Why The Way We Talk About Porn Does More Harm Than Good

Many of us who are struggling with unwanted sexual behaviors are well acquainted with shame. Looking back on our journeys through life, prior to and following the realization that our habits were out of control, we have a tremendous amount to be thankful for. However, we still struggle with those memories that make us cringe. We’ve hurt many people, lived lives of deceit, and the onus is on ourselves to undergo the work necessary to rectify our missteps. However, we don’t often discuss how others can perpetuate these feelings of shame. Our community leaders seek to address the issue we suffer in an attempt to offer us some guidance, but because of their approach, they sometimes unintentionally send us back to our addictive behaviors and hence, a relapse.

How porn is addressed in our communities

I distinctly remember a khutbah I attended while at university. The visiting khateeb began his address in the usual fashion and then set the mood by introducing the topic with a solemnity that seemed to hush even our surroundings. “Brothers and sisters, today I wish to speak about an issue that has become rampant in our community: pornography.” Struggling through the sin myself, but at the time without the support of a recovery community, I immediately began to sweat, my breath quickened and blood rushed to my face. Discussing the topic was difficult to do because of the shame I associated with it, so hearing of it in the open only increased that discomfort. Unfortunately, my hopes to be comforted by what the khateeb had to say were soon dashed.

I don’t remember how long the khutbah lasted because it felt like an eternity, but it included a discussion on how “disgusting” and “vile” pornography was, half-baked conjecture as to why people fell into this sin, and how the problem had gotten so bad that even wives of imams had come up to the khateeb to complain of their husbands’ problem with this sin. I can’t recall a single solution offered from that khutbah besides advice to fear Allah, so it left me broken down, without any practical steps to take. This is the common discourse surrounding porn within our communities, and it is extremely problematic.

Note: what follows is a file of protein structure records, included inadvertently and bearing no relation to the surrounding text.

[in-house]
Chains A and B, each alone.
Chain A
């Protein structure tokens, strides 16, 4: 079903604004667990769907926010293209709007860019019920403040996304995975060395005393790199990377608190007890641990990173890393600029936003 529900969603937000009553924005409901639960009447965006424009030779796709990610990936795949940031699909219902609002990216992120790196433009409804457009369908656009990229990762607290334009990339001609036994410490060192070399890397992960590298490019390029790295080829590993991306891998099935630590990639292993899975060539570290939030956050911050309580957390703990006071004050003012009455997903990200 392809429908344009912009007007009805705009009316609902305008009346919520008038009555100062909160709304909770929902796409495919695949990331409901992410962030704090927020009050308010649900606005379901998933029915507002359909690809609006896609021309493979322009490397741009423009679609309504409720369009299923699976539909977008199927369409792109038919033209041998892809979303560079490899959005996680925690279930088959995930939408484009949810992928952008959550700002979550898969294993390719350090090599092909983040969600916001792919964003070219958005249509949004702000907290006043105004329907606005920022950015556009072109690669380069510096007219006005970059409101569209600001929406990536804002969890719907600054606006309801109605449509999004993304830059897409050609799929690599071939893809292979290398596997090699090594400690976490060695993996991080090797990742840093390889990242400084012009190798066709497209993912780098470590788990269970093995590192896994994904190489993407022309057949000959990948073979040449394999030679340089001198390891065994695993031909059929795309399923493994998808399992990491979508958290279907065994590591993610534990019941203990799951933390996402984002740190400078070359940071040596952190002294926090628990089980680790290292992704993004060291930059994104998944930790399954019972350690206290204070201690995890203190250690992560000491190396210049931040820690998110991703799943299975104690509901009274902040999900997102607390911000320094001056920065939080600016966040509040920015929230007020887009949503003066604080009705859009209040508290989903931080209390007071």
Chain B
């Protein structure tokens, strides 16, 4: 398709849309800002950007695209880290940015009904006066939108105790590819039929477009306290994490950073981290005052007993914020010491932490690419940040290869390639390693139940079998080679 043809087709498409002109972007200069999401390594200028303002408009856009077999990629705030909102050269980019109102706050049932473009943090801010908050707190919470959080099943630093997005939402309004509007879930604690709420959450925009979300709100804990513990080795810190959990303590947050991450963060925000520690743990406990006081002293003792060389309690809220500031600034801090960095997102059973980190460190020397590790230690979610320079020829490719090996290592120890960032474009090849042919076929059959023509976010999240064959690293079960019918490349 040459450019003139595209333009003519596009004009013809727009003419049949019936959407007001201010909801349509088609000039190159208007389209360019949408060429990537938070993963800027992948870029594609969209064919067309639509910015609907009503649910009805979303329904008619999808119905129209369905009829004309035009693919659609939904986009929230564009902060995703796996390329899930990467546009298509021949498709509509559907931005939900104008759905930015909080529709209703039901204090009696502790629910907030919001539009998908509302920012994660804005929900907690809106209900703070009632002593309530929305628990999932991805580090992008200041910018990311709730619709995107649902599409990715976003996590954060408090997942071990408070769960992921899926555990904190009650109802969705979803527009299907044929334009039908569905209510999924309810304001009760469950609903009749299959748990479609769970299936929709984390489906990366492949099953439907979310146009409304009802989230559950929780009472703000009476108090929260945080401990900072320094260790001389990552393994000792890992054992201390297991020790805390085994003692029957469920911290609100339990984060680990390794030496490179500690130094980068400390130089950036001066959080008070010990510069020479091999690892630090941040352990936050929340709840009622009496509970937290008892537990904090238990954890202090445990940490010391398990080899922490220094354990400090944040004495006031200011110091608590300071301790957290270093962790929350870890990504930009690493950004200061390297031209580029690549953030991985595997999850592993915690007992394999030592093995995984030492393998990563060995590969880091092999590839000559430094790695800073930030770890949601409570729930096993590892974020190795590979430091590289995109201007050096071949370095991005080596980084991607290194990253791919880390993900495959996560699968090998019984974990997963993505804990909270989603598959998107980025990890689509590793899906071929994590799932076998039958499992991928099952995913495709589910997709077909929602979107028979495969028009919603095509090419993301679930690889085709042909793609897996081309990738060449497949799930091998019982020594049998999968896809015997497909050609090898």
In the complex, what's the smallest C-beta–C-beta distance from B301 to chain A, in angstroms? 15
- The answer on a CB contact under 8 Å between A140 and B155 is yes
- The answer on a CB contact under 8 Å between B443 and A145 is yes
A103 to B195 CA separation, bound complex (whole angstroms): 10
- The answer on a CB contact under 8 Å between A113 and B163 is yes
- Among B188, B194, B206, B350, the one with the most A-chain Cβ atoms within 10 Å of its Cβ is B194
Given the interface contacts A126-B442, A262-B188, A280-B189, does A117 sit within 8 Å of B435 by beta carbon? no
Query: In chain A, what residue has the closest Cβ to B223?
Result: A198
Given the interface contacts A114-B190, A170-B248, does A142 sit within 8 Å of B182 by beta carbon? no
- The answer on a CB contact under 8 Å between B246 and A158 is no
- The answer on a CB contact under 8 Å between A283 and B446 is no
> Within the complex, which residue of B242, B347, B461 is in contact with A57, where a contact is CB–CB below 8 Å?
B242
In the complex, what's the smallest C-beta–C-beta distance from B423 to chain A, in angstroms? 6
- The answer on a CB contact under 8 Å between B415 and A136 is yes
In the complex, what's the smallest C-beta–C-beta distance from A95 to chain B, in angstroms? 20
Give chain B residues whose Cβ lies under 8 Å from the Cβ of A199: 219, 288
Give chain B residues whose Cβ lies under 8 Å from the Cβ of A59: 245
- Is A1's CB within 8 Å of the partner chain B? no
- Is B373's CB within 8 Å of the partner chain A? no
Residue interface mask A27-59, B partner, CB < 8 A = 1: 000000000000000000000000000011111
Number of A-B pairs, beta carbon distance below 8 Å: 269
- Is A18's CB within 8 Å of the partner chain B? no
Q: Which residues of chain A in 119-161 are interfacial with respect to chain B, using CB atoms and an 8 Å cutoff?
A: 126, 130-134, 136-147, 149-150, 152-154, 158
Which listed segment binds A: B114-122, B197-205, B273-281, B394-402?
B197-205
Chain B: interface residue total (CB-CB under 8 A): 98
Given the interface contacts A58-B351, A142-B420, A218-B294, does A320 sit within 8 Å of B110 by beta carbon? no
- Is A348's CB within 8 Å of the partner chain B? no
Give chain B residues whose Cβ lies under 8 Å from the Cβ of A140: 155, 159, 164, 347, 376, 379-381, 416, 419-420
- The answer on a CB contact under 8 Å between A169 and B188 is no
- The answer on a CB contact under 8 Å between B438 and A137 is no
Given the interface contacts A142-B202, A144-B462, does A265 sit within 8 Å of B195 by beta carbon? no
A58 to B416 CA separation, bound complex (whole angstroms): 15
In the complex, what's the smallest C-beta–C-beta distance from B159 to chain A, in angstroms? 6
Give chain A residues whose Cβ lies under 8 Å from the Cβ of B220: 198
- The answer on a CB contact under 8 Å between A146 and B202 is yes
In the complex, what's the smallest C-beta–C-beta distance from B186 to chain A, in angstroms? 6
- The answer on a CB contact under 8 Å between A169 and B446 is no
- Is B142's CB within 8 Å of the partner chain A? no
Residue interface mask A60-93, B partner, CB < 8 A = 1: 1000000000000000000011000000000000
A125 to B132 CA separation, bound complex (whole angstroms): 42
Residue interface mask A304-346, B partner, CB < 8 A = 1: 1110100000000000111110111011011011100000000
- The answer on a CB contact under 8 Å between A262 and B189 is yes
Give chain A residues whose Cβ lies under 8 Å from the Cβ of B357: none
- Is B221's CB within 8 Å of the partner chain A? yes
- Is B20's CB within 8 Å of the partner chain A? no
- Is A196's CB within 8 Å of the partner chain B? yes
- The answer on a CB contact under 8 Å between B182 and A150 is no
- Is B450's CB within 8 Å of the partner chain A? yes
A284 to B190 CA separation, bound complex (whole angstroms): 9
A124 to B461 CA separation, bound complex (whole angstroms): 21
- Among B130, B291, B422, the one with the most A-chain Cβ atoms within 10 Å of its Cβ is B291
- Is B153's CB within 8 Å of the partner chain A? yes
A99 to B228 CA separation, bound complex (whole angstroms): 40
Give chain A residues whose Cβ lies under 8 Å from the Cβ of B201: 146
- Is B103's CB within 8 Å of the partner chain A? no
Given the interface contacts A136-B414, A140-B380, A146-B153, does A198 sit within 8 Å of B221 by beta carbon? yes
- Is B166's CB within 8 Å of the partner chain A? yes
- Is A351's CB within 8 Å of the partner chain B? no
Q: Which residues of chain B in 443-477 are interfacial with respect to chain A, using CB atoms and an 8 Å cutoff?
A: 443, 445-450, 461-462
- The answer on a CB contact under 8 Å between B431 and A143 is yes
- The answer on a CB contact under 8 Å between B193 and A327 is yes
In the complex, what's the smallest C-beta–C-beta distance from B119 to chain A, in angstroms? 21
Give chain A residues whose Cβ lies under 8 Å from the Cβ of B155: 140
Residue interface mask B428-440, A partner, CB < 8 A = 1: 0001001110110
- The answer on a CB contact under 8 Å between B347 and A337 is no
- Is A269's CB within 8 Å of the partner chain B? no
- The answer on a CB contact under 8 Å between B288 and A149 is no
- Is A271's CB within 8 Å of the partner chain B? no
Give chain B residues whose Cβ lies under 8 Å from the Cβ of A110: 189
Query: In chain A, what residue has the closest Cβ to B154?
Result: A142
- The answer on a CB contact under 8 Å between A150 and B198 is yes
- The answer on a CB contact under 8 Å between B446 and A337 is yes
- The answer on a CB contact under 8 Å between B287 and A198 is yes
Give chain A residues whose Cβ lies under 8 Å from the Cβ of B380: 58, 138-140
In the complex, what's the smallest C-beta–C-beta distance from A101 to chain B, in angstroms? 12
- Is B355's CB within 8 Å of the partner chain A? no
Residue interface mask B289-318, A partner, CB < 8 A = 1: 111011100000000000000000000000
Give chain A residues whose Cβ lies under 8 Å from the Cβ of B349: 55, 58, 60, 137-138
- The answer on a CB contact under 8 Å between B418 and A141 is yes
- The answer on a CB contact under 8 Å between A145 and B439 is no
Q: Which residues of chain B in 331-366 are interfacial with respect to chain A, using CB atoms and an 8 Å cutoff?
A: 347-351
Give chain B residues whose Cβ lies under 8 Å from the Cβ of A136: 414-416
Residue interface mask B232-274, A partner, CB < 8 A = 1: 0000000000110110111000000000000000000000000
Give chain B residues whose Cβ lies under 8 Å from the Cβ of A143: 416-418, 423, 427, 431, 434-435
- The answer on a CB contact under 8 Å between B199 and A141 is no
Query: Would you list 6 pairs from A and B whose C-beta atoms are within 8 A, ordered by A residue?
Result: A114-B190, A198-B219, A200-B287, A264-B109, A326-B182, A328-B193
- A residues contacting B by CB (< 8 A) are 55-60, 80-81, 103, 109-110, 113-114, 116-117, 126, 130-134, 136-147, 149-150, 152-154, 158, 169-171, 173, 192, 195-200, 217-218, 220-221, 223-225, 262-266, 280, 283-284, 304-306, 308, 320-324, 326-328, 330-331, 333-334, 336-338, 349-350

The problem with this approach

Sitting in that audience, someone external to the struggle may not have seen anything wrong with what was said. The khateeb was doing his duty to bring up an issue of increasing concern and being as blunt as possible in order to allow the congregation to grasp its seriousness. But as an addict, in addition to the physical signs of discomfort, a storm of emotions was raging within me. No one knew of my issue, but I felt singled out, like a target was on my back, and that the entire congregation was judgmentally approving of the khateeb’s advice to me specifically. I felt tremendously insecure, ashamed, and angry at the same time. He didn’t know what I was going through, everything I was doing to stop, but still he was forcing perceived solutions down my throat as if his words alone would save me.

What needs to change

I don’t doubt the khateeb’s good intentions, but his execution was lacking. It’s easy for an addict to identify advice framed with empathy versus condescension. Our addictions have groomed us into being emotionally unstable and hypersensitive people. The fact that I felt so singled out was not normal and was a shortcoming brought on by my habits, but community leaders who aim to address this issue have to understand this context. People who are weakened by sin have insecurities about their identity and their standing with Allah and the community. To use an approach centered around shock tactics does more to distance them from Allah swt’s path than bring them closer to it. It is guaranteed that when feelings of inadequacy and self-loathing are stirred up again, the addict will resort to porn for some sort of relief.

“People who are weakened by sin have insecurities about their identity and their standing with Allah and the community.”
-Noor33

Prophet ‘Isa (peace be upon him) told us “Do not, like lords, look at the faults of others. Rather, like servants, look at your own faults. In truth, humanity is comprised of only two types, the afflicted and the sound. So show mercy to the afflicted and praise God for well-being.” (Muwatta of Imam Malik). The khateeb did the right thing that day by addressing pornography and bringing it out into the open for our community, but he did so in a way that was insensitive to many of the members in his audience and was lacking in mercy. I was looking for a way out, someone who could extend a hand to lift me up instead of berating me for the situation I was in. I was looking for someone who would assure me I’d get through it and that Allah swt’s acceptance was waiting for me on the other side. In short, I was looking for empathy, and crafting an approach focused around it is the essential first step to helping those in need.

About the author

Noor33

Noor33 was first exposed to Purify Your Gaze and the recovery community in 2011 and became an active member in 2013. During that time, he's realized a tremendous amount about himself and what led him to addictive behavior, and how present-day society can foster an environment that makes falling into addiction so easy. He's passionate about addressing these issues with the greater community and advocating for a more honest and authentic existence for all